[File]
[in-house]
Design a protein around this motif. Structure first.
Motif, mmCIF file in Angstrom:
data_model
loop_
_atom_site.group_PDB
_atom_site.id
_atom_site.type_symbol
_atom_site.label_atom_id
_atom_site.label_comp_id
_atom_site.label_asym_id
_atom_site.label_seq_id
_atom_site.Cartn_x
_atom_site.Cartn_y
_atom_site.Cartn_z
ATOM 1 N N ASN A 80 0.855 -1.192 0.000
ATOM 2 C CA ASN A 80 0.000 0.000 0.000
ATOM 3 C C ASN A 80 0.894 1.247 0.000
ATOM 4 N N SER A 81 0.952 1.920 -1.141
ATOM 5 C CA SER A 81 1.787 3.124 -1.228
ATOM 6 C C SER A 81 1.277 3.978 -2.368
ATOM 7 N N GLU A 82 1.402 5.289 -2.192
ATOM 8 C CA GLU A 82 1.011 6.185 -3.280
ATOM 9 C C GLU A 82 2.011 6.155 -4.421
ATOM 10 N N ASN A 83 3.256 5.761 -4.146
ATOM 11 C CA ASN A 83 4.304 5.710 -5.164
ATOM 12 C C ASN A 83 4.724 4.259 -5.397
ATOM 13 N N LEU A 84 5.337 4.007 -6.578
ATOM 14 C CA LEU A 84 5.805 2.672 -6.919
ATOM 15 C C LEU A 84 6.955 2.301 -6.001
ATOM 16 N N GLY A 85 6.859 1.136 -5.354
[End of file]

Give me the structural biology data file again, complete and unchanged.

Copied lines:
[in-house]
Design a protein around this motif. Structure first.
Motif, mmCIF file in Angstrom:
data_model
loop_
_atom_site.group_PDB
_atom_site.id
_atom_site.type_symbol
_atom_site.label_atom_id
_atom_site.label_comp_id
_atom_site.label_asym_id
_atom_site.label_seq_id
_atom_site.Cartn_x
_atom_site.Cartn_y
_atom_site.Cartn_z
ATOM 1 N N ASN A 80 0.855 -1.192 0.000
ATOM 2 C CA ASN A 80 0.000 0.000 0.000
ATOM 3 C C ASN A 80 0.894 1.247 0.000
ATOM 4 N N SER A 81 0.952 1.920 -1.141
ATOM 5 C CA SER A 81 1.787 3.124 -1.228
ATOM 6 C C SER A 81 1.277 3.978 -2.368
ATOM 7 N N GLU A 82 1.402 5.289 -2.192
ATOM 8 C CA GLU A 82 1.011 6.185 -3.280
ATOM 9 C C GLU A 82 2.011 6.155 -4.421
ATOM 10 N N ASN A 83 3.256 5.761 -4.146
ATOM 11 C CA ASN A 83 4.304 5.710 -5.164
ATOM 12 C C ASN A 83 4.724 4.259 -5.397
ATOM 13 N N LEU A 84 5.337 4.007 -6.578
ATOM 14 C CA LEU A 84 5.805 2.672 -6.919
ATOM 15 C C LEU A 84 6.955 2.301 -6.001
ATOM 16 N N GLY A 85 6.859 1.136 -5.354